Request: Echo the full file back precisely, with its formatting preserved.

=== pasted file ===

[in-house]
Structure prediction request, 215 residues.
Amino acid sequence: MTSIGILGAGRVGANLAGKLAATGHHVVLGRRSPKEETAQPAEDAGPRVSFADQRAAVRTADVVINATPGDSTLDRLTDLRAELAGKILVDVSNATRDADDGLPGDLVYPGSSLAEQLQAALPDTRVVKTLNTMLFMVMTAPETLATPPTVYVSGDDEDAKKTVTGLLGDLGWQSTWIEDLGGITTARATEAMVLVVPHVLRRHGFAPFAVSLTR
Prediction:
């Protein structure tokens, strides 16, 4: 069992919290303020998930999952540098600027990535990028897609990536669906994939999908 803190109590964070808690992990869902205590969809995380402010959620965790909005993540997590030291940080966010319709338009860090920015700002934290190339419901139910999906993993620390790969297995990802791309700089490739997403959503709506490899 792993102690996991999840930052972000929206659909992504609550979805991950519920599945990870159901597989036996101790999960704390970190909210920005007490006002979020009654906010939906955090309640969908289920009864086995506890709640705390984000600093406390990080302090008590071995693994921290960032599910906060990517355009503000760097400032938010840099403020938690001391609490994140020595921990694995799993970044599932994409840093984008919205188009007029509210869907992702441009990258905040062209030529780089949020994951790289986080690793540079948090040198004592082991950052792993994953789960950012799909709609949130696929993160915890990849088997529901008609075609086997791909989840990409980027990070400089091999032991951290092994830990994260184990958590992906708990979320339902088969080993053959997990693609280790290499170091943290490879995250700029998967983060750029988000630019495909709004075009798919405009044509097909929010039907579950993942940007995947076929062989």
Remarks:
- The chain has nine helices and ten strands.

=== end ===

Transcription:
[in-house]
Structure prediction request, 215 residues.
Amino acid sequence: MTSIGILGAGRVGANLAGKLAATGHHVVLGRRSPKEETAQPAEDAGPRVSFADQRAAVRTADVVINATPGDSTLDRLTDLRAELAGKILVDVSNATRDADDGLPGDLVYPGSSLAEQLQAALPDTRVVKTLNTMLFMVMTAPETLATPPTVYVSGDDEDAKKTVTGLLGDLGWQSTWIEDLGGITTARATEAMVLVVPHVLRRHGFAPFAVSLTR
Prediction:
């Protein structure tokens, strides 16, 4: 069992919290303020998930999952540098600027990535990028897609990536669906994939999908 803190109590964070808690992990869902205590969809995380402010959620965790909005993540997590030291940080966010319709338009860090920015700002934290190339419901139910999906993993620390790969297995990802791309700089490739997403959503709506490899 792993102690996991999840930052972000929206659909992504609550979805991950519920599945990870159901597989036996101790999960704390970190909210920005007490006002979020009654906010939906955090309640969908289920009864086995506890709640705390984000600093406390990080302090008590071995693994921290960032599910906060990517355009503000760097400032938010840099403020938690001391609490994140020595921990694995799993970044599932994409840093984008919205188009007029509210869907992702441009990258905040062209030529780089949020994951790289986080690793540079948090040198004592082991950052792993994953789960950012799909709609949130696929993160915890990849088997529901008609075609086997791909989840990409980027990070400089091999032991951290092994830990994260184990958590992906708990979320339902088969080993053959997990693609280790290499170091943290490879995250700029998967983060750029988000630019495909709004075009798919405009044509097909929010039907579950993942940007995947076929062989």
Remarks:
- The chain has nine helices and ten strands.